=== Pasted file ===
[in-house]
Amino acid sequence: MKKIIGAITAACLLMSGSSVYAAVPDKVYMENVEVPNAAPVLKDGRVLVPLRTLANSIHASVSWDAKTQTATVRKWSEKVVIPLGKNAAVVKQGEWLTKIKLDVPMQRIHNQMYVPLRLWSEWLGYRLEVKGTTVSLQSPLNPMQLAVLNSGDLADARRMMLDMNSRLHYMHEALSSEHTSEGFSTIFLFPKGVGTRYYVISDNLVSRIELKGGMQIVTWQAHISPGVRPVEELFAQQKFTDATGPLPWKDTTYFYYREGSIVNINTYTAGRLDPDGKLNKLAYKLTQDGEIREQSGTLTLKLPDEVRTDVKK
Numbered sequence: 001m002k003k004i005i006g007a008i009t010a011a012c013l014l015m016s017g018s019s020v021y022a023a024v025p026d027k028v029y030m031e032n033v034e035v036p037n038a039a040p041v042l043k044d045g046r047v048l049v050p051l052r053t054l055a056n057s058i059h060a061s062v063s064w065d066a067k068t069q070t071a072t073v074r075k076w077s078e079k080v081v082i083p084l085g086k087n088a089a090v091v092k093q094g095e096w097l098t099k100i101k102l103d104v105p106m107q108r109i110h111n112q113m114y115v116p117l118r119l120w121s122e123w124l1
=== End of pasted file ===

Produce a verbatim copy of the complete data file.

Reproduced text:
[in-house]
Amino acid sequence: MKKIIGAITAACLLMSGSSVYAAVPDKVYMENVEVPNAAPVLKDGRVLVPLRTLANSIHASVSWDAKTQTATVRKWSEKVVIPLGKNAAVVKQGEWLTKIKLDVPMQRIHNQMYVPLRLWSEWLGYRLEVKGTTVSLQSPLNPMQLAVLNSGDLADARRMMLDMNSRLHYMHEALSSEHTSEGFSTIFLFPKGVGTRYYVISDNLVSRIELKGGMQIVTWQAHISPGVRPVEELFAQQKFTDATGPLPWKDTTYFYYREGSIVNINTYTAGRLDPDGKLNKLAYKLTQDGEIREQSGTLTLKLPDEVRTDVKK
Numbered sequence: 001m002k003k004i005i006g007a008i009t010a011a012c013l014l015m016s017g018s019s020v021y022a023a024v025p026d027k028v029y030m031e032n033v034e035v036p037n038a039a040p041v042l043k044d045g046r047v048l049v050p051l052r053t054l055a056n057s058i059h060a061s062v063s064w065d066a067k068t069q070t071a072t073v074r075k076w077s078e079k080v081v082i083p084l085g086k087n088a089a090v091v092k093q094g095e096w097l098t099k100i101k102l103d104v105p106m107q108r109i110h111n112q113m114y115v116p117l118r119l120w121s122e123w124l1